“The All-Star Strike-Out Team lost us over $100 million in tourism and jobs,” blares one mailer, echoing the billboards Loeffler purchased earlier this year near Truist Park. A door hanger adds, “Now they are coming after our conservative state house seats to get rid of the election integrity act.”
A staffer for Greater Georgia says the group has put five figures into the race thus far, including a digital 30-second spot touching on many of the same themes. It seems fair to assume Loeffler will declare herself a grassroots organizing wizard if either Seabaugh or Blinkhorn can pull this one out. From there, it’s just a hop, skip, and a qualifying application to a 2022 bid.
Blinkhorn and Seabaugh made their case before members of the Cobb County Republican Women’s Club Wednesday night.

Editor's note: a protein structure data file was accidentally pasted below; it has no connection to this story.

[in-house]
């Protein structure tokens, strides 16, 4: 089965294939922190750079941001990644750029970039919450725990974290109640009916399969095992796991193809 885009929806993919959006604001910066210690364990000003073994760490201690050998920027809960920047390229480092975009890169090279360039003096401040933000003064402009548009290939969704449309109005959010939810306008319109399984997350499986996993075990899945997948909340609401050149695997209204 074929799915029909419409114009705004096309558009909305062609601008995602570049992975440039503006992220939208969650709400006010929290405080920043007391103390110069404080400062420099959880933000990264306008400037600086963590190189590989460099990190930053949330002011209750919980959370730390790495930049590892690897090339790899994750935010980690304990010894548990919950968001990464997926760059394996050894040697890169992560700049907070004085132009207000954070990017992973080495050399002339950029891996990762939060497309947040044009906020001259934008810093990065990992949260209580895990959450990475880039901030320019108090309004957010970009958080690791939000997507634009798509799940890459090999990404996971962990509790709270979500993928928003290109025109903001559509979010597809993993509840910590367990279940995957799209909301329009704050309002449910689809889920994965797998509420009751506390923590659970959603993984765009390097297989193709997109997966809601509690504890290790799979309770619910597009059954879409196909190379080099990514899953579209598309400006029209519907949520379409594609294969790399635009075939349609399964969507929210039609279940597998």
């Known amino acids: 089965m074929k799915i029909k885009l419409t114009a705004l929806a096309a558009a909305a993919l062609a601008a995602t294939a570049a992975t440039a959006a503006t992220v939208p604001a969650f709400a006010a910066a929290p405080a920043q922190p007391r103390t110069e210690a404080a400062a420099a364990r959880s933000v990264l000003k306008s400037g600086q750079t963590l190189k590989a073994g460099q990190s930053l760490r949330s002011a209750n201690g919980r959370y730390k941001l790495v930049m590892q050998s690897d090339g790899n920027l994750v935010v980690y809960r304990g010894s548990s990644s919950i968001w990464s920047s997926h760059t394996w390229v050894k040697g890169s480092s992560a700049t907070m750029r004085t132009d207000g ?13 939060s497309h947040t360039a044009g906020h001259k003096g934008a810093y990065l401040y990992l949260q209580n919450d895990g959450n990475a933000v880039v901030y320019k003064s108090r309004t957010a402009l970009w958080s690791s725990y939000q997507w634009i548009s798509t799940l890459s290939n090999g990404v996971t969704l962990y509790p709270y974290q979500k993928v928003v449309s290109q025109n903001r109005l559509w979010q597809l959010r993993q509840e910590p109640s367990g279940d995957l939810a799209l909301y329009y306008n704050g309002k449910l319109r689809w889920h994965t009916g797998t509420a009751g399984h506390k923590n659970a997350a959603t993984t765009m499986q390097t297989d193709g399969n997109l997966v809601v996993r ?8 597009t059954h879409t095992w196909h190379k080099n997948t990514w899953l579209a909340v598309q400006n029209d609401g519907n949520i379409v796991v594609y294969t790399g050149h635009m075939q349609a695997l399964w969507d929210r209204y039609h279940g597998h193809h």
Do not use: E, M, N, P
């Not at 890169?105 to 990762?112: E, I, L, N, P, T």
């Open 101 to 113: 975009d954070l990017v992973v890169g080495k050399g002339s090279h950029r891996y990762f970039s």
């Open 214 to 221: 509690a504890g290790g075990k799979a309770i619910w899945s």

The two candidates were introduced by supporters. In the case of former Kennesaw Councilman David Blinkhorn, that meant his son, Garrett.
The young man concluded his speech — which was quite good — by telling the crowd, “this is just the next step in his journey — I was so excited to vote for him for Kennesaw City Council those years ago, I’m even more excited to vote for him now for House District 34. Without further ado, I want to welcome my dad, David Blinkhorn.”
Blinkhorn, clearly proud, took the mic. But before beginning his speech, he had to set the record straight.
“I do want to clarify something. Where did the reporter go? (Garrett) will NOT be voting for me because he doesn’t live in the district,” he said sheepishly. “So … a little slip of the tongue there.”
With Jason Shepherd’s losing bid for the top position in the Georgia GOP, AT asked him what was in store next, politically.